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Billy Corriher


Billy Corriher is the state courts manager for the People's Parity Project, which works to build a justice system that values people over profits, and a writer whose work focuses on democracy and the courts. He has written about these issues for ThinkProgress, The Hill, USA Today, The Los Angeles Times,, Newsweek and the Raleigh News & Observer. From 2012 to 2017, he worked on issues around judges and judicial nominations at the Center for American Progress. He is the author of Usurpers: How Voters Stopped the GOP Takeover of North Carolina’s Courts,” published in 2021.

Corriher earned his bachelor's degree in political science with a minor in journalism from the University of North Carolina at Chapel Hill and his law degree from Georgia State University in Atlanta.

Only a few states require judges to sit out cases involving their campaign contributors. The Wisconsin Supreme Court's new liberal majority has expressed support for strengthening recusal rules. Will other states follow its lead?
With tens of millions of dollars flowing into high-court elections, Republicans did better in partisan races in two states, while Democrats held on to their majorities elsewhere.
With party control of several high courts at stake and races driven by issues ranging from abortion to voting rights, the party committees and special interest groups are on the way to setting spending records.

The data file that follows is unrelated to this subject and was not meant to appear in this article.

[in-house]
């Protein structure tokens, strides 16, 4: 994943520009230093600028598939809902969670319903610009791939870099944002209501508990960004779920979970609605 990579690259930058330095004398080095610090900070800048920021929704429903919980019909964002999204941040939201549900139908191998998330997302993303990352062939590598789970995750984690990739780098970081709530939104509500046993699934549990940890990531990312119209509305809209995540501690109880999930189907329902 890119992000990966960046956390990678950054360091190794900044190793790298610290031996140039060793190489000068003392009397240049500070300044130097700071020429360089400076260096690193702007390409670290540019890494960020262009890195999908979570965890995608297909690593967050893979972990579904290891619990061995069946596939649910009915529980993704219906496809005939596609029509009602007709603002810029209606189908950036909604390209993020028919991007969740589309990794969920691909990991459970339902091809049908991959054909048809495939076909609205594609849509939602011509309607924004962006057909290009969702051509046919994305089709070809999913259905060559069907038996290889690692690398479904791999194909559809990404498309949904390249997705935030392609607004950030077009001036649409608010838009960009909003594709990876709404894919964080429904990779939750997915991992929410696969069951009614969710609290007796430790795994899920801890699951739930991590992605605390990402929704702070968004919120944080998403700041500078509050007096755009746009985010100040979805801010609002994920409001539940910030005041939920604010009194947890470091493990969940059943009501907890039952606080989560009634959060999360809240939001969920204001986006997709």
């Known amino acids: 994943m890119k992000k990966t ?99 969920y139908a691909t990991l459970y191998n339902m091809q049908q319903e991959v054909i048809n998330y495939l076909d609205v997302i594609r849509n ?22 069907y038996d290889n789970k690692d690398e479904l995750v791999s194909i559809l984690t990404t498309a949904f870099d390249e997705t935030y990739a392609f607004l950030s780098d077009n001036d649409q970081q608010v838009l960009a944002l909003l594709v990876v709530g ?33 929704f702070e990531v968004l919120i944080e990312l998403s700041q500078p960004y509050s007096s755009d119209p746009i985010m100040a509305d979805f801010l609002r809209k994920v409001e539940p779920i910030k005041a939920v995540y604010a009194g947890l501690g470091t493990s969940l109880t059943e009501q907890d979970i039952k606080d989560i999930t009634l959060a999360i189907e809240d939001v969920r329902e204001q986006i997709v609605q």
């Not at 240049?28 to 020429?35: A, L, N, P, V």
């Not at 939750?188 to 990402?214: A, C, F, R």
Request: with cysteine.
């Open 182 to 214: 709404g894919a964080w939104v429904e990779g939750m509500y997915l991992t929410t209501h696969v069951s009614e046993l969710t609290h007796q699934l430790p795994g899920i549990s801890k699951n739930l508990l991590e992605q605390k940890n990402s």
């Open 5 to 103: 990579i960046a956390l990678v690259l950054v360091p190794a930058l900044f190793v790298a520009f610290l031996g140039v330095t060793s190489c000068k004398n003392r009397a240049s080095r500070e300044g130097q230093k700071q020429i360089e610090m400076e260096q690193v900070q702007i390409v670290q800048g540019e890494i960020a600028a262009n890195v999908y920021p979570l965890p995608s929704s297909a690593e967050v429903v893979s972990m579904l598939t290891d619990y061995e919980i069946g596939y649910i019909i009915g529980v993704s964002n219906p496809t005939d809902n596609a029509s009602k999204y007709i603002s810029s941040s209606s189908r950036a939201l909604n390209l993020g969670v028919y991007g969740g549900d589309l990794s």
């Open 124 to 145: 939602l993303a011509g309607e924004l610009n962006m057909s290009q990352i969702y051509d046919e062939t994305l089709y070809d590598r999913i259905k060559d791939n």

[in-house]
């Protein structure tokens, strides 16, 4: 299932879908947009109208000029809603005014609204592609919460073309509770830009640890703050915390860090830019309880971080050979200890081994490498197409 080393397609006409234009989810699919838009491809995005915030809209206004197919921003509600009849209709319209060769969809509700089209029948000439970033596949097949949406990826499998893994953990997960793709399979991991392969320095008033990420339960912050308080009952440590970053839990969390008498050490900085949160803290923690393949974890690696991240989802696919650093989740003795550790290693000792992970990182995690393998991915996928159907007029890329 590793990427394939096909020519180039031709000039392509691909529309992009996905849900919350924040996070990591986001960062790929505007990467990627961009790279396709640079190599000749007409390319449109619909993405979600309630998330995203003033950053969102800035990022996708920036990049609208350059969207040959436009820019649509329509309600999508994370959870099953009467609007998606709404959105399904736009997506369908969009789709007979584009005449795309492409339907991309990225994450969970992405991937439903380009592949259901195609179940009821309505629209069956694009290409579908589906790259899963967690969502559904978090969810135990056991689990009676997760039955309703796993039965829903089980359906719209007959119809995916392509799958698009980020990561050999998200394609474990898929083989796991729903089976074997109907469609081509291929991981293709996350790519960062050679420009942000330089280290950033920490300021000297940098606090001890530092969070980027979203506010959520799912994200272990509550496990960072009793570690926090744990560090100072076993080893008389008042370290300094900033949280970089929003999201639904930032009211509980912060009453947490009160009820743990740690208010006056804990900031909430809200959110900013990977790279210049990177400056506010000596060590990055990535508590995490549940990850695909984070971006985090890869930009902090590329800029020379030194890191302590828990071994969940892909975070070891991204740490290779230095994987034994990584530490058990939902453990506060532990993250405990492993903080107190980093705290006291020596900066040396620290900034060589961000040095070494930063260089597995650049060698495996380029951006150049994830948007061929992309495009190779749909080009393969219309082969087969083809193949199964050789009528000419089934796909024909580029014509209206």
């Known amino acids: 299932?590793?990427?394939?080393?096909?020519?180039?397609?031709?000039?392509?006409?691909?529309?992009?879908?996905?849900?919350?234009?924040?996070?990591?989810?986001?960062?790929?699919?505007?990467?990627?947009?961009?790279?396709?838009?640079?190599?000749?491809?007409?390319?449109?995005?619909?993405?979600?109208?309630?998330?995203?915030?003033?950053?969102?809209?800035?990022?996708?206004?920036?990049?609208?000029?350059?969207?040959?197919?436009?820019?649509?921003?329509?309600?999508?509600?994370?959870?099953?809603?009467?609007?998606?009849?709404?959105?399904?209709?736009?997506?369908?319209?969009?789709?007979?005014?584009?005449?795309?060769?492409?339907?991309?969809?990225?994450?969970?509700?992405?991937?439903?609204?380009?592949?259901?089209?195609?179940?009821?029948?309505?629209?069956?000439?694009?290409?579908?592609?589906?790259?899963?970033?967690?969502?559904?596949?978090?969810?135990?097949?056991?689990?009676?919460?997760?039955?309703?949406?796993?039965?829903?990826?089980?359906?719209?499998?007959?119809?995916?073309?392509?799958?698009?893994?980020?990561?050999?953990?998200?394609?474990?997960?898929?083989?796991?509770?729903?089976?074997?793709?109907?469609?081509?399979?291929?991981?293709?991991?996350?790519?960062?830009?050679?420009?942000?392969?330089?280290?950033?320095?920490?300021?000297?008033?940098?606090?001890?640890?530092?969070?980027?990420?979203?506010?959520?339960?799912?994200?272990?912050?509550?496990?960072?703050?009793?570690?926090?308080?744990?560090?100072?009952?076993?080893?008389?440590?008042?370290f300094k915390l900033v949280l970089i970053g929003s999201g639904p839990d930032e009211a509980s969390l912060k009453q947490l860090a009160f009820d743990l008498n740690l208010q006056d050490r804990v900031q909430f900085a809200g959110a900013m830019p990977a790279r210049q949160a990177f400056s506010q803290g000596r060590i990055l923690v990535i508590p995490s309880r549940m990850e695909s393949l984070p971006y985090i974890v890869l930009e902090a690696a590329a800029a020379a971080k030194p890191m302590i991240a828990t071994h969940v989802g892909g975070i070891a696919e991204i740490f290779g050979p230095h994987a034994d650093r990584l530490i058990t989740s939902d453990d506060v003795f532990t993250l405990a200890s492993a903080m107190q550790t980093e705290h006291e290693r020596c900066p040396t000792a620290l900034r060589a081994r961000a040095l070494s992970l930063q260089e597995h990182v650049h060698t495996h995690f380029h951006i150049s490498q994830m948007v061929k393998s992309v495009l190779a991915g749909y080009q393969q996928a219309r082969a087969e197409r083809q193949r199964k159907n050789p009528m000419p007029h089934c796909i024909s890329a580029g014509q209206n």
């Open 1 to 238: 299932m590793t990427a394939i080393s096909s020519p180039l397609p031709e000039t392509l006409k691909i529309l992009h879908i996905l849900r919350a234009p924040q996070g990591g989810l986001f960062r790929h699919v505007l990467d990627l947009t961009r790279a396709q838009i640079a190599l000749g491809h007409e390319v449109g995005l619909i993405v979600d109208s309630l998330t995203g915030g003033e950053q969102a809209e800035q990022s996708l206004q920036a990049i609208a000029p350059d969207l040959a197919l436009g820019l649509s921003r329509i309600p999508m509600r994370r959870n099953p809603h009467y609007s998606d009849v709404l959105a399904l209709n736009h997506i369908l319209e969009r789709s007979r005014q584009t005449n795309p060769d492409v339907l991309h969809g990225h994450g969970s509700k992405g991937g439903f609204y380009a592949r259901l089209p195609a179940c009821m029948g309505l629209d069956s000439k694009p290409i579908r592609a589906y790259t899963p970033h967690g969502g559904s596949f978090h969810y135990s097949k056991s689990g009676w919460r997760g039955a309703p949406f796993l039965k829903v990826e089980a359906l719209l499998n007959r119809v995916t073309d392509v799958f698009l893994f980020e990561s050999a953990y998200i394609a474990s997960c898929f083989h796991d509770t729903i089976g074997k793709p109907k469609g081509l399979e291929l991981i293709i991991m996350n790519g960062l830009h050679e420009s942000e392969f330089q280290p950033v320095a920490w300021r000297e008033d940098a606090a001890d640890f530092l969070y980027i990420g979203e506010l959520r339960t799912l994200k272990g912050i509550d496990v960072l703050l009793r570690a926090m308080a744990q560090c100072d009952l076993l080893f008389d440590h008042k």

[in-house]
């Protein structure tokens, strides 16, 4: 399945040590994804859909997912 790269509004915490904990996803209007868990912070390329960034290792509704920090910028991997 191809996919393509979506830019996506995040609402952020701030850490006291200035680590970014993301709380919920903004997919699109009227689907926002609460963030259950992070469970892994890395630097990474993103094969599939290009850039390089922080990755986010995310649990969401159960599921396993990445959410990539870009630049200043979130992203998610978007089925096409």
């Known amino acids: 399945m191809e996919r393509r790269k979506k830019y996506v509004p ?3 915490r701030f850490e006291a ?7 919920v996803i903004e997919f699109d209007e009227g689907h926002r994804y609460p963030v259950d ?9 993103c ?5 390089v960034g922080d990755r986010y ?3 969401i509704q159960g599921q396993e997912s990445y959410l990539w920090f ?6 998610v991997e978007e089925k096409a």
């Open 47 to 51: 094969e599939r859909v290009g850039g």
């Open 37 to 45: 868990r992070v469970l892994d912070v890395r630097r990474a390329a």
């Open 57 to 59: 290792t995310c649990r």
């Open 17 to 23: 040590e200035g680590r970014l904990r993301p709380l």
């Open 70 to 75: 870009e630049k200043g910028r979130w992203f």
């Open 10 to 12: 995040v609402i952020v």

Ethics rules require judges to recuse themselves from cases involving relatives or their own partisan or political interests. But it doesn't always work out that way.
As state courts prepare to weigh in on accusations of gerrymandering, lawmakers across the country are hard at work trying to change those courts’ ideological balance.
Judges shouldn’t hear cases involving their campaign donors. Though some lawmakers are addressing the issue, only a few states have ethics rules that require judges to avoid hearing such cases.
Political partisanship is playing out across the country as lawmakers move to change how their states’ supreme courts are elected.
Across the country, legislators are trying to gain more control over their states' courts. Many of the efforts are from Republicans aiming to diminish the role of judicial nominating commissions.
Millions of dollars were spent on races for the Michigan, Ohio and Illinois high courts. The elections could impact a host of cases.
In recent years, Republican-led legislatures have been adding state supreme court seats and working to change nominating rules, aiming to bolster conservative majorities.